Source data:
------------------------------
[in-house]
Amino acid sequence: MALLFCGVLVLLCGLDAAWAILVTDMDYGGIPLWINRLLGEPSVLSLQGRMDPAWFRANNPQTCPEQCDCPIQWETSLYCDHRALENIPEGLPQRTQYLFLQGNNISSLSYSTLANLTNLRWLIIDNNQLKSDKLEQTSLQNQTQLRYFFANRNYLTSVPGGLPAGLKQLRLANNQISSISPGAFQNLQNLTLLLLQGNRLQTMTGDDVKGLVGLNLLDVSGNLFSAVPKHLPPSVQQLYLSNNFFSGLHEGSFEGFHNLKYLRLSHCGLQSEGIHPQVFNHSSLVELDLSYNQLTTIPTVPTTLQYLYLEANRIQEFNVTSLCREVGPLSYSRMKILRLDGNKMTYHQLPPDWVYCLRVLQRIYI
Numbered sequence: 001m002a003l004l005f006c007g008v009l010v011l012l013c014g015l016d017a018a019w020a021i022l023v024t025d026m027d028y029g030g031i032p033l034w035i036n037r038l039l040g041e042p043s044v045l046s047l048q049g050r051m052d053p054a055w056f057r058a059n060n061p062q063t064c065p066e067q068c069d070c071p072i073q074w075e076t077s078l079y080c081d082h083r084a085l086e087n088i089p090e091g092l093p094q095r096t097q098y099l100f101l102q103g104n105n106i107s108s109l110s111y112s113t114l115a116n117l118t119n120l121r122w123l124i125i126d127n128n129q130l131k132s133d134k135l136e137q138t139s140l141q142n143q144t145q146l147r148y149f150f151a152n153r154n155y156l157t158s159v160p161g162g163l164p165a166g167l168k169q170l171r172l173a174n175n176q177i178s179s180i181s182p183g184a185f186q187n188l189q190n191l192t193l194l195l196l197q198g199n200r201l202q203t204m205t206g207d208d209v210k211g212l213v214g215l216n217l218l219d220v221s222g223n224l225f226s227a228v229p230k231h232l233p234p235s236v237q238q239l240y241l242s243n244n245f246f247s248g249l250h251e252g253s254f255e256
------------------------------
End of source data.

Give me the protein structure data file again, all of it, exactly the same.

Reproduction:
[in-house]
Amino acid sequence: MALLFCGVLVLLCGLDAAWAILVTDMDYGGIPLWINRLLGEPSVLSLQGRMDPAWFRANNPQTCPEQCDCPIQWETSLYCDHRALENIPEGLPQRTQYLFLQGNNISSLSYSTLANLTNLRWLIIDNNQLKSDKLEQTSLQNQTQLRYFFANRNYLTSVPGGLPAGLKQLRLANNQISSISPGAFQNLQNLTLLLLQGNRLQTMTGDDVKGLVGLNLLDVSGNLFSAVPKHLPPSVQQLYLSNNFFSGLHEGSFEGFHNLKYLRLSHCGLQSEGIHPQVFNHSSLVELDLSYNQLTTIPTVPTTLQYLYLEANRIQEFNVTSLCREVGPLSYSRMKILRLDGNKMTYHQLPPDWVYCLRVLQRIYI
Numbered sequence: 001m002a003l004l005f006c007g008v009l010v011l012l013c014g015l016d017a018a019w020a021i022l023v024t025d026m027d028y029g030g031i032p033l034w035i036n037r038l039l040g041e042p043s044v045l046s047l048q049g050r051m052d053p054a055w056f057r058a059n060n061p062q063t064c065p066e067q068c069d070c071p072i073q074w075e076t077s078l079y080c081d082h083r084a085l086e087n088i089p090e091g092l093p094q095r096t097q098y099l100f101l102q103g104n105n106i107s108s109l110s111y112s113t114l115a116n117l118t119n120l121r122w123l124i125i126d127n128n129q130l131k132s133d134k135l136e137q138t139s140l141q142n143q144t145q146l147r148y149f150f151a152n153r154n155y156l157t158s159v160p161g162g163l164p165a166g167l168k169q170l171r172l173a174n175n176q177i178s179s180i181s182p183g184a185f186q187n188l189q190n191l192t193l194l195l196l197q198g199n200r201l202q203t204m205t206g207d208d209v210k211g212l213v214g215l216n217l218l219d220v221s222g223n224l225f226s227a228v229p230k231h232l233p234p235s236v237q238q239l240y241l242s243n244n245f246f247s248g249l250h251e252g253s254f255e256